Club meets fans to explain red kit decision
By Dave Sugarman
Updated Tuesday, 8th May 2012
Revelations that Cardiff was going RED forced a hastily arranged meeting at Cardiff City Stadium on Tuesday evening.
Representing the football club during this evening's meeting at the Cardiff City Stadium were Chief Executive Alan Whiteley, Stadium Manager Wayne Nash, Director of Marketing Julian Jenkins and Media Manager Barrie McAuliffe.
The Bluebirds supporters present were Vince Alm, Mark Watkins and Rob Davies, who were representing the Cardiff City Supporters' Club, Tim Hartley, Tracey Marsh and Keith Morgan, who were representing the Cardiff City Supporters' Trust, Tony Jeffries and Dave Sugarman, who were representing the club's Away Travel Group, Mike Morris and Paul Evans, who were representing CCMB, Annis Abraham and Carl Curtis, who were representing AAMB, and Gwyn Davies.
After a brief introduction from Julian Jenkins, Alan Whiteley opened the meeting by assuring those present that the changes which are going to take place at the club during the coming months are not being entered into lightly. He said an investment package from major shareholder Vincent Tan was vital to the club's continued progress and would provide it with long-term stability. The package, which was said to be worth a sum in the region of £100 million, will involve the following:
1) A large amount of existing debt being turned in equity.
2) The clearance of the historical debt to the Langston Corporation.
3) Significant changes to the club's internal infrastructure.
4) Major investment in new state-of-the-art training facilities.
5) An increase in the capacity of the Cardiff City Stadium to 35,000.
6) Significant investment in the playing squad in a bid to earn promotion to the Premier League.
One of the conditions that Vincent Tan has laid down in order for this investment package to proceed is a final settlement of the Langston loan notes debt. The Chief Executive reported that this matter has not yet been finalised, but added that he believes an agreement between the club and Langston representative Sam Hammam is close. He anticipated that a deal should be concluded in the very near future as it is in the interest of both parties to do so.
Another condition of the investment package is that the club will change its first-choice colours from blue to red from next season onwards. Therefore, the home kit for 2012/13 will be a red shirt with black trim, black shorts and red socks. The away kit will be blue. The club's badge will also be altered to incorporate a red dragon as opposed to a bluebird.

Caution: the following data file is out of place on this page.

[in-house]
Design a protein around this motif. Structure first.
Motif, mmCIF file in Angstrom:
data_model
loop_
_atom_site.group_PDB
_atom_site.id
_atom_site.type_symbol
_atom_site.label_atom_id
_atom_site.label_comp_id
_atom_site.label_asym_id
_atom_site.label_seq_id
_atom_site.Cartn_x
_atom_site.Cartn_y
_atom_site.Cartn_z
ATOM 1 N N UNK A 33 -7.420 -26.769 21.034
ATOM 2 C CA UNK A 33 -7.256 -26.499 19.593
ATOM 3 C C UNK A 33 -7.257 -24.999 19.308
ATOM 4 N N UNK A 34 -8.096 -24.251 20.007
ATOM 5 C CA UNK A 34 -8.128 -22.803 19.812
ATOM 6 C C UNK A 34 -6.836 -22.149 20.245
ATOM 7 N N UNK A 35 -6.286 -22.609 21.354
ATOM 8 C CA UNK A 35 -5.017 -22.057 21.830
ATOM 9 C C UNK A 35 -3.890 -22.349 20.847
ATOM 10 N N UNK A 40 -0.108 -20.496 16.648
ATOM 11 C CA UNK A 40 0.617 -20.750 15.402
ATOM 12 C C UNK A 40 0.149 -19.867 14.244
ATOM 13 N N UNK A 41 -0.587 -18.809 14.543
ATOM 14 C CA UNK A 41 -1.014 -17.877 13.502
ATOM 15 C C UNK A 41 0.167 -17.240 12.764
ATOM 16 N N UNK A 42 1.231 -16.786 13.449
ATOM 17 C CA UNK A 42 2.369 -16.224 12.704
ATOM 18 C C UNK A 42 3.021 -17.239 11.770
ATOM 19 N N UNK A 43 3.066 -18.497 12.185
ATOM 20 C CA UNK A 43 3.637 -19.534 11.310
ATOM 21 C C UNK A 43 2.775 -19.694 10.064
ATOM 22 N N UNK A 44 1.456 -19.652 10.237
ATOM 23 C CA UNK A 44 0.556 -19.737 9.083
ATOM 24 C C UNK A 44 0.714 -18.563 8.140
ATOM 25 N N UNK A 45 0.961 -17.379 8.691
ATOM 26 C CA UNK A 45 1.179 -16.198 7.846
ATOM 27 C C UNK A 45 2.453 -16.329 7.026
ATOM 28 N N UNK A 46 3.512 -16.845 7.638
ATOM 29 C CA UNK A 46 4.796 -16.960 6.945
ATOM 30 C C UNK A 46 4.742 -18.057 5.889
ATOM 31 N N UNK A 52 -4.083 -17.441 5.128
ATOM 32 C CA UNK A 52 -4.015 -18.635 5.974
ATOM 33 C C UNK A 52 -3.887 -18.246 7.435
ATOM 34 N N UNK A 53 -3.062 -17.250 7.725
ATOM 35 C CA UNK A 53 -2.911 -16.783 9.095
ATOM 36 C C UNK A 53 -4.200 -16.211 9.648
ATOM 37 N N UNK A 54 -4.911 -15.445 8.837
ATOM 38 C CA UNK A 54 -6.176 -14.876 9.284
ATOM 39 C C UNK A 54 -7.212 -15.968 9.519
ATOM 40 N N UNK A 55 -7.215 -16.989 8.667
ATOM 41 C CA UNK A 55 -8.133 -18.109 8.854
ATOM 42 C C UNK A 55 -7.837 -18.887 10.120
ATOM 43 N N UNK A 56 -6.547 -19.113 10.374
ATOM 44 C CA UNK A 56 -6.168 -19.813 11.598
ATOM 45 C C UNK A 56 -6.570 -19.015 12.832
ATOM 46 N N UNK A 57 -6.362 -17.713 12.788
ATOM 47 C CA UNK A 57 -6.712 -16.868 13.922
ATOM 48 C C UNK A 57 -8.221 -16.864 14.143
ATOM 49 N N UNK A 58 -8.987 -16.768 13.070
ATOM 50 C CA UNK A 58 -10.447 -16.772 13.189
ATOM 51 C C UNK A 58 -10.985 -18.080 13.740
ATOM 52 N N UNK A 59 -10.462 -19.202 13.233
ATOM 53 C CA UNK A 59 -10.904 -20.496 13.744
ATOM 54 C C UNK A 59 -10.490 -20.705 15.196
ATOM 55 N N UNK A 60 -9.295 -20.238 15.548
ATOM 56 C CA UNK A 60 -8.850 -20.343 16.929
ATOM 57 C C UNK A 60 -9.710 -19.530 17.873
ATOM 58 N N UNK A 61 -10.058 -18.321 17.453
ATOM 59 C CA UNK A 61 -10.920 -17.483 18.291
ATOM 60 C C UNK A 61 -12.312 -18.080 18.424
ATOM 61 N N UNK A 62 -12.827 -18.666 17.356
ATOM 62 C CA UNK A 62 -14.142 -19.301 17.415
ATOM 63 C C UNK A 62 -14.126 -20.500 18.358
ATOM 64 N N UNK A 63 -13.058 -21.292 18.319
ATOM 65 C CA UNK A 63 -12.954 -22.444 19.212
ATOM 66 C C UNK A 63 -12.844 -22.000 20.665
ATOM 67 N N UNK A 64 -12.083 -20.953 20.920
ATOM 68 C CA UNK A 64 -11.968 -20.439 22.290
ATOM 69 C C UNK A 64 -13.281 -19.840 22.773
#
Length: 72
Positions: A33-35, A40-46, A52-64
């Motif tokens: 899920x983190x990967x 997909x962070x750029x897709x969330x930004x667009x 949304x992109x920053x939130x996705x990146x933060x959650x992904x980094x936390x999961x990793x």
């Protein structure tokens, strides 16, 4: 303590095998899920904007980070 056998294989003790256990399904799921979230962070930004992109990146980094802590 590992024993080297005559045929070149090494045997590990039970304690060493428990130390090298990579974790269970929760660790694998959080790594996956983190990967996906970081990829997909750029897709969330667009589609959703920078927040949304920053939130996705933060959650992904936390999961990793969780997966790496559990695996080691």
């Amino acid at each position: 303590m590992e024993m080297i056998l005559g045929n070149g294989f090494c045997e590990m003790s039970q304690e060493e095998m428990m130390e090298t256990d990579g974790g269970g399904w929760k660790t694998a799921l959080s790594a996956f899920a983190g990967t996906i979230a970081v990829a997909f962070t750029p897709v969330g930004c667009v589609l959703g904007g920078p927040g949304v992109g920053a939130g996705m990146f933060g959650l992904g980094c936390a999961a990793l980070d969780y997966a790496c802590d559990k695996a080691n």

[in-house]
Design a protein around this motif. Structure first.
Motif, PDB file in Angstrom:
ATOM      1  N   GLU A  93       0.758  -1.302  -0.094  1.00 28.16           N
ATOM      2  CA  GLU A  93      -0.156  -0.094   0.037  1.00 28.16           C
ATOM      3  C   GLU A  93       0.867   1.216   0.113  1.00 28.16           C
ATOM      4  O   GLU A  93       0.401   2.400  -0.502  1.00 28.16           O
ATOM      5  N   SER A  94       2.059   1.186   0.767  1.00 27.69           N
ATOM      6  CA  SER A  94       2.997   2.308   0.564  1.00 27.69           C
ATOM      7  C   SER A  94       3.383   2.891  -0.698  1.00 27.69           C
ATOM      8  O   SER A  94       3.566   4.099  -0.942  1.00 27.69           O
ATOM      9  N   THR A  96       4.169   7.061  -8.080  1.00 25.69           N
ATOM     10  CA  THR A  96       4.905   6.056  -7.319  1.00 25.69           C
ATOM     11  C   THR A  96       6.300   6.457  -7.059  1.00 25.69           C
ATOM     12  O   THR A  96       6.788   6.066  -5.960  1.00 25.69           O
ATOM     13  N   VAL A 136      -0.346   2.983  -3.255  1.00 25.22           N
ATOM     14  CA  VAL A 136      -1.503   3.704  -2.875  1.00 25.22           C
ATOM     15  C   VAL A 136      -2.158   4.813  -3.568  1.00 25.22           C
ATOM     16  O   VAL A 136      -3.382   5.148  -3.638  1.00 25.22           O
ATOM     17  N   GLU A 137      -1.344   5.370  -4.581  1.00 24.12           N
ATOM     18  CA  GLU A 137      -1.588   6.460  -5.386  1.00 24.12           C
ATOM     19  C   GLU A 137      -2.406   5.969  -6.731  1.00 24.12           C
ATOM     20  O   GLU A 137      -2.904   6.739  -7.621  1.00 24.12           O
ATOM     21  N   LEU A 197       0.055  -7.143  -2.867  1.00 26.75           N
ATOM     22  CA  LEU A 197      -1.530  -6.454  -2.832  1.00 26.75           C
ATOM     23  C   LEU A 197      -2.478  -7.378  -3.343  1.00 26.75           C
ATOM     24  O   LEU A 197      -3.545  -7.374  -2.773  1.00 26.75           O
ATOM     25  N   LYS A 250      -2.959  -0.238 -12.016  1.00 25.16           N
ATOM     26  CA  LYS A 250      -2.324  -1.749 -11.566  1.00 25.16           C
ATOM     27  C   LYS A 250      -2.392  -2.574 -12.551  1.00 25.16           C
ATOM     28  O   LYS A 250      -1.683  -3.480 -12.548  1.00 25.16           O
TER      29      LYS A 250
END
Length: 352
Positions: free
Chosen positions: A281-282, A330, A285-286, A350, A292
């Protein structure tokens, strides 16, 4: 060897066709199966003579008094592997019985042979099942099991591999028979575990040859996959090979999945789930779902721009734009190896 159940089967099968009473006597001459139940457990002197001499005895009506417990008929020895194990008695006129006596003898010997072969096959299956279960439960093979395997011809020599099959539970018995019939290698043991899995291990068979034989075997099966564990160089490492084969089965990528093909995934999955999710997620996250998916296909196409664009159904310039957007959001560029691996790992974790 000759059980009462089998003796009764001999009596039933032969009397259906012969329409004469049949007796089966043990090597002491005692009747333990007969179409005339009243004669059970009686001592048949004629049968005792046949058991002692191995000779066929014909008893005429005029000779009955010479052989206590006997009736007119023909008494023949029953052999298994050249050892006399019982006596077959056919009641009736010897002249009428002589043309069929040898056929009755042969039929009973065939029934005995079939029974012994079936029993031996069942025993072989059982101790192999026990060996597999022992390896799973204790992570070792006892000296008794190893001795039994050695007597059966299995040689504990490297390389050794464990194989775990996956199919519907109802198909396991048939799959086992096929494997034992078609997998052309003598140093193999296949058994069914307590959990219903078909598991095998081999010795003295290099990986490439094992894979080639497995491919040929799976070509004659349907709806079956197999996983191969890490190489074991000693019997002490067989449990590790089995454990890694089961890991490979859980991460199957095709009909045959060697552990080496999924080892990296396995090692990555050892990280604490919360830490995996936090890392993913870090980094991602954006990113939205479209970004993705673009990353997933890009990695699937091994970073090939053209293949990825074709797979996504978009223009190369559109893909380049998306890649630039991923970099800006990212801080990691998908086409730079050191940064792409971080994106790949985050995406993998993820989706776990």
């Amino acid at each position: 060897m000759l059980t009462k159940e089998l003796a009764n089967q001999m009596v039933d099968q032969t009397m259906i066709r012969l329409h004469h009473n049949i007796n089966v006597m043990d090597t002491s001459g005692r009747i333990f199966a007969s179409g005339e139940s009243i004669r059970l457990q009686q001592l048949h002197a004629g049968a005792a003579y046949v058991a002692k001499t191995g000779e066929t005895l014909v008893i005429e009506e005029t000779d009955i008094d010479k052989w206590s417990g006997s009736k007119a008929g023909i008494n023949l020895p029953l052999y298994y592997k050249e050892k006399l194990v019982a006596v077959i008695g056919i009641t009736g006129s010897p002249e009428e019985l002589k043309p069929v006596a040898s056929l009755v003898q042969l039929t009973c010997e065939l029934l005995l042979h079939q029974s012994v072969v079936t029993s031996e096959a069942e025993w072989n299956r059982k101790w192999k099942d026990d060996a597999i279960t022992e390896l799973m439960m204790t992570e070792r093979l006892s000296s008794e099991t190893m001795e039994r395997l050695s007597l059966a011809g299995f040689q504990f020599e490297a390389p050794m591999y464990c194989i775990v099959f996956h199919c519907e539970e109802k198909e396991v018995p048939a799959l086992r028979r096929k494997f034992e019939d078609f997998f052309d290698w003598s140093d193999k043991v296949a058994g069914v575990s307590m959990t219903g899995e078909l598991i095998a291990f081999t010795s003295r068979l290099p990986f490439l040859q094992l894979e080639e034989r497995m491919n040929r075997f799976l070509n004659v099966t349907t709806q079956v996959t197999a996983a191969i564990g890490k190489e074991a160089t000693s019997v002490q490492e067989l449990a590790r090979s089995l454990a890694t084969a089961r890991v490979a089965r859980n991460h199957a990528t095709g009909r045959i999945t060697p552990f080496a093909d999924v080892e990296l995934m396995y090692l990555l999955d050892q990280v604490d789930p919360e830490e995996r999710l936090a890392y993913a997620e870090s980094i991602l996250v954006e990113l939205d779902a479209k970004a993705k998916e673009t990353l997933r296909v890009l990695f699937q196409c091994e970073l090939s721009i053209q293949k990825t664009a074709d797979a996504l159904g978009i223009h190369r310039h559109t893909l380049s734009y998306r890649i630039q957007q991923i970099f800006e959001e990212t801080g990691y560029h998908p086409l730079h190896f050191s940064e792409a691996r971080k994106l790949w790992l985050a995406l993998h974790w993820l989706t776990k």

The change of club colours and badge will take place regardless of whether the rest of the investment package comes to fruition or not.
Contrary to rumours earlier in the day, the club's name will not be changed and the blue seats inside the Cardiff City Stadium will not be replaced by red seats before the start of next season. The stadium expansion is set to be completed before the start of the 2013/14 season, while the plans for a new training complex are already with the architects.
In terms of the club's historical debts, Alan Whiteley stated that an agreement with PMG Estates Ltd is already in place to repay the balance of the monies owed to them before the end of 2013, although the option to convert elements of that particular debt into equity has now expired. Meanwhile, the existing agreement with the Player Finance Fund regarding the monies owed to that company will remain in place and has not changed.
The settlement of the Langston debt will be a straight cash deal and will not involve any conversion of debt into equity. It is also anticipated that the deal will not involve the stadium naming rights.
None of the conversion of existing debts into equity will need to be ratified by the shareholders at an EGM as there is sufficient headroom in the previously-ratified agreement to cover the latest conversions.
A straw poll of the thirteen supporters present was conducted on the subject of the changes to the club's colours and badge. One was in favour; two were indifferent, while the remainder were opposed and in some cases very strongly opposed. However, it was acknowledged by all present that the views of those attending the meeting were not necessarily representative of the fanbase as a whole.